Best Pictures of 2015
Throughout the year, university photographers roam the Medford/Somerville, Boston and Grafton campuses to document life at Tufts, from students’ arrival through graduation, focusing on everything from the changing seasons to a visit to the veterinary farm service in Connecticut.
Just for you, the Tufts Now audience, photographers Alonso Nichols, Kelvin Ma and Matthew Healey have picked out a few of their favorites and tell us the stories behind the lens.
Wave the Flag
Children come for a day of play and fun at Tufts every year. This parachute provided just the right amount of color, light and graphic interest to make an unusual and fun frame.
A Light of Peace
At the annual commemoration of Martin Luther King Jr. Day, the Tufts community comes together to remember and celebrate the legacy of one of the world’s great champions for justice and human rights. I think this image connects us to the light that he sparked in all of us.
There’s a treadmill for horses? Yes, indeed, and this horse is wearing a prototype monitoring device to help analyze her gait. There were a number of challenges in making this photo—the room and horse were dark, and the horse was running fast and was also sensitive to the flashing strobes from the camera. I worked within these limitations to make a frame that conveys the motion and activity without interrupting the veterinary diagnosis.
Pomp and Circumstance
Capture the pageantry of commencement (check); unusual perspective (check); significant moment of the day (check). Sometimes, the best photos come from the least obvious places. While waiting at the back of the faculty procession in Ballou Hall, I decided to look for a different take on the annual rite of passage and found this.
The Cost of Climate Change
A majority of our assignments are portraits, many of which involve researchers and labs. I made a different kind of portrait of Barry Levy, A66, an adjunct professor of public health at the Tufts School of Medicine whose research includes assessing the impacts of climate change on human health. From the vantage point I chose, he is surrounded by sky, trees and water.
20 Players, Ready for Action
As our national champion lacrosse team was defending its title in Philadelphia on May 24, I decided to show the faces behind the facemasks, shooting photos in the locker room before the players took the field. The tight focus on their faces puts us right there with them.
Jump for Joy
The nervous energy runs high as medical students all over the country wait to open the envelopes that will tell them where they will spend the next several years of their lives doing residencies, and in what field of medicine they will train. Once they begin opening the envelopes, the action and emotion come and go quickly. I was in the perfect spot to capture this student as she got the news she was hoping for that day.
Eyes on the Prize
Photographing speakers is a staple of university photography assignments. The challenge is to convey a sense of the character, personality and feeling of the speaker. The standard photo is a gesture of the hands and a strong set to the mouth or a smile. Cornel West is an intense and powerful orator, and I tried to portray that by making a tighter frame that forces us to see the emotion in his eyes. I also use the negative space around him to accentuate the unmistakable outline of his hair and face.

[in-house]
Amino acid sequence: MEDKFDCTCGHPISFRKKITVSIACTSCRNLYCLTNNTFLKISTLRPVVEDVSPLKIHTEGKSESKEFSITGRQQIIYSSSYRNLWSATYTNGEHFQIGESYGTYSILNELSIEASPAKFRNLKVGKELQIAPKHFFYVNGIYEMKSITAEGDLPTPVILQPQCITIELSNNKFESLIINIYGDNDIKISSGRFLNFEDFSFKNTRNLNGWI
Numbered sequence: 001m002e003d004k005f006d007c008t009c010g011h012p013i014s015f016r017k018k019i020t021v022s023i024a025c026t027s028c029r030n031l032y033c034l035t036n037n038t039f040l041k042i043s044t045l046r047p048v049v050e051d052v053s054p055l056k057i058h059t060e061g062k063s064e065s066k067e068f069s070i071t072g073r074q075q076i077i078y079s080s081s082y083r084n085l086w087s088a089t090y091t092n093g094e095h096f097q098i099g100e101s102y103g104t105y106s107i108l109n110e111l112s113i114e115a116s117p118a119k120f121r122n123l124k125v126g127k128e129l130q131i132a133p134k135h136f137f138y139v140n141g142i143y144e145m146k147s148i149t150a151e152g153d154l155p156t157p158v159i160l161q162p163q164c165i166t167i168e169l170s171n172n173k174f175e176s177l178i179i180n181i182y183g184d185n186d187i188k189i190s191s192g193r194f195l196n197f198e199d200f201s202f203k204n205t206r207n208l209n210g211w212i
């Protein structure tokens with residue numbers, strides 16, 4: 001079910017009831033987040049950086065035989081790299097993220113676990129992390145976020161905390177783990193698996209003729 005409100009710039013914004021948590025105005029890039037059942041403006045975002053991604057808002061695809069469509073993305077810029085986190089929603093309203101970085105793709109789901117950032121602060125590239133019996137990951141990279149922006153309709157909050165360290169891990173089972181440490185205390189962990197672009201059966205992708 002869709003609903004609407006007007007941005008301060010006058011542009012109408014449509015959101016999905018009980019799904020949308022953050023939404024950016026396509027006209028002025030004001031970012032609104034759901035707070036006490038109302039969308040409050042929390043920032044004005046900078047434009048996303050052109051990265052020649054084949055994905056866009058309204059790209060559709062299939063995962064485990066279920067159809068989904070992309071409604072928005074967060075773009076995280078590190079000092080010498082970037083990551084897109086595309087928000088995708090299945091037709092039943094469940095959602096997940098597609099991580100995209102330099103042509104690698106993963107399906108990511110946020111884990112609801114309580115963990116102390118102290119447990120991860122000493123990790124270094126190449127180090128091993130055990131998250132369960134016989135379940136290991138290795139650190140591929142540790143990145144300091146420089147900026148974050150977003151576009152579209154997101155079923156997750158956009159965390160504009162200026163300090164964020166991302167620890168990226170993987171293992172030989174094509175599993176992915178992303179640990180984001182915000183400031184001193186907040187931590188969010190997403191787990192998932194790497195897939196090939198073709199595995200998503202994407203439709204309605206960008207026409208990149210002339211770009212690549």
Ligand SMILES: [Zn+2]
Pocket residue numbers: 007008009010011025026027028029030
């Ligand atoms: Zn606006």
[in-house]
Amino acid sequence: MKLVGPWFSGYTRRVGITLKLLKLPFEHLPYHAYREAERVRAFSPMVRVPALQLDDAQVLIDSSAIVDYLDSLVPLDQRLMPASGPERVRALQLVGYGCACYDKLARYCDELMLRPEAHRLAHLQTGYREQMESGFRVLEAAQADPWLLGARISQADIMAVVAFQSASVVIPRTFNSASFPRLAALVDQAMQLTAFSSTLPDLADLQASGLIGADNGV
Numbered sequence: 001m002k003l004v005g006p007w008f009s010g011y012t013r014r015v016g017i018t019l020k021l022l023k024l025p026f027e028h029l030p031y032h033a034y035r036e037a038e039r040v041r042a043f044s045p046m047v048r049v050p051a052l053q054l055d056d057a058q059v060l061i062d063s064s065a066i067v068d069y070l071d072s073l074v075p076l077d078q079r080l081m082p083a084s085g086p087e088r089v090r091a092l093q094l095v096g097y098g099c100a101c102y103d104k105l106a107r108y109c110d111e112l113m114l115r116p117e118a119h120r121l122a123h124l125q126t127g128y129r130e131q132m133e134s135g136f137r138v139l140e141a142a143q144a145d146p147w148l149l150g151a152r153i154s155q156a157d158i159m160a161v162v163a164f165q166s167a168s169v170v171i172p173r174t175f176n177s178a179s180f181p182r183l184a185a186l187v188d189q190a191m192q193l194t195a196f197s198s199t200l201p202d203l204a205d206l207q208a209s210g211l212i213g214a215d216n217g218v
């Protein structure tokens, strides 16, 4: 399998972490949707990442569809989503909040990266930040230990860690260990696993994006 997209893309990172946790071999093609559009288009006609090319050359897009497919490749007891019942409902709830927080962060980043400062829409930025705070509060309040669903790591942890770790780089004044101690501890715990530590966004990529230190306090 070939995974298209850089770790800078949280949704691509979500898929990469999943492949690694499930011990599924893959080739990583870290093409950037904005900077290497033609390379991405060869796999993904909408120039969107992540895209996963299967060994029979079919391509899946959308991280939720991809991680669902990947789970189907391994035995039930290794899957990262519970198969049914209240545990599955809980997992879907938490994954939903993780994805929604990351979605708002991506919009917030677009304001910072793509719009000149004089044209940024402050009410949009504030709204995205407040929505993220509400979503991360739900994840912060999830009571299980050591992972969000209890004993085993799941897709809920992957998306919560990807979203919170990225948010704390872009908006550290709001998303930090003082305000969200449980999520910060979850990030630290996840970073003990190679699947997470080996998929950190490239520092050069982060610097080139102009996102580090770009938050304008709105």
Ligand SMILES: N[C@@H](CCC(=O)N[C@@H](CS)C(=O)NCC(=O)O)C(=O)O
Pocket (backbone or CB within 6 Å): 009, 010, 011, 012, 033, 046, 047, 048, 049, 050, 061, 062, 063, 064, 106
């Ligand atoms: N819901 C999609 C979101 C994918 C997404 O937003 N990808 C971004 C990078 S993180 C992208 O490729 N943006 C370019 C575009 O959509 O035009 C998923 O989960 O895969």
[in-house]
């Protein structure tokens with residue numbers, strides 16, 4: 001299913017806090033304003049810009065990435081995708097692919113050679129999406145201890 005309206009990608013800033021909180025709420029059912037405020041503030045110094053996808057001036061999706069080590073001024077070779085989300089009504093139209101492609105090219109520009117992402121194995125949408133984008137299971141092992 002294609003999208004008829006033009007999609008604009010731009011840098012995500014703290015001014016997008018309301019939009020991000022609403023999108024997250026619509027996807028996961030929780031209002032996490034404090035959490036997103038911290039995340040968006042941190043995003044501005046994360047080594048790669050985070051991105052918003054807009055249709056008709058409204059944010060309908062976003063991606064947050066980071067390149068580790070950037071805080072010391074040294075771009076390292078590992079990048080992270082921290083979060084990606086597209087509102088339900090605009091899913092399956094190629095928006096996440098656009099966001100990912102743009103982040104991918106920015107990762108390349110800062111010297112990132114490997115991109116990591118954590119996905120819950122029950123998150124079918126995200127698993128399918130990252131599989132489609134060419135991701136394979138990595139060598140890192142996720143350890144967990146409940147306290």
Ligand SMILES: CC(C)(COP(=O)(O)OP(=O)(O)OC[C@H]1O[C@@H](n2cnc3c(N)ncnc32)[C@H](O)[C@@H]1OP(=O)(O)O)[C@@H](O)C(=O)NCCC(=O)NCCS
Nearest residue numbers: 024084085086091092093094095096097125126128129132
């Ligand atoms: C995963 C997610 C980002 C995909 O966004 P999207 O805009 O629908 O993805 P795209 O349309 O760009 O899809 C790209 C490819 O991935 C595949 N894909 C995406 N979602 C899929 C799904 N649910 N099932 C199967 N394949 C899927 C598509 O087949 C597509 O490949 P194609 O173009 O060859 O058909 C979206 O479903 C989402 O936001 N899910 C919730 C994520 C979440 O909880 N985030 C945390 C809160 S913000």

The ever-dominant pitcher Allyson Fournier and her softball teammates have now won three straight national championships. Fournier went 35-0, with an astonishing 0.20 ERA, during the spring season, striking out 422 batters and allowing an average of fewer than two hits per seven innings pitched. With so many static images of Allyson pitching, this multiple exposure shows us the progression of her form all in one frame. Check out that arm!
When the assignment called for photographing a pet clinic for the underserved, it was hard to know what images might be possible. Would there be more than a picture of a student or staff member conducting an exam? How would the pet owners feel about being photographed that day? As people and pets were lining up, I met Shadow and her two humans. When Paul reached down to pick her up, I thought his tattoos said it all.
The September Ritual
As move-in begins early in the morning for first-year undergraduates, it is often quiet and calm, and the light is good. Madeline Orzeske makes the transition from home to life at Tufts. The rest of the day will be hectic, with new people to meet and a buzz of activity, but for this moment, the leaving and the arriving are in balance.
Everyday, Pepper trots over from the farmhouse to see his friends in the calf barn at the Fairholm Dairy. He purrs and prances back and forth along the wire as the interested calves lick and sniff him. Is he failing to get enough attention at home? Or is he just acting on the age-old advice to “love the one you’re with”?
Another New Start
After fleeing civil war in their native Burundi, Nzikoba’s family stayed in a refugee camp in Kenya, and eventually found stability after gaining asylum in the United States. Nzikoba attended Somerville High School, and matriculated at Tufts in September. I visited her at home in the Mystic View Apartments and rode with her on the commute by bus to her first day of class on the Hill.
Documenting interior spaces of new facilities is a regular assignment in university photography. In the process, the photographer is hoping to find a little something to take the architectural design to another level. The late afternoon sun and the students giving life to the space were just what I was looking for.
A regular challenge for a photographer is to create a fresh frame from something that has been photographed or seen hundreds of times. As the sun began to set and light up the fall foliage, I noticed this student waiting for the shuttle.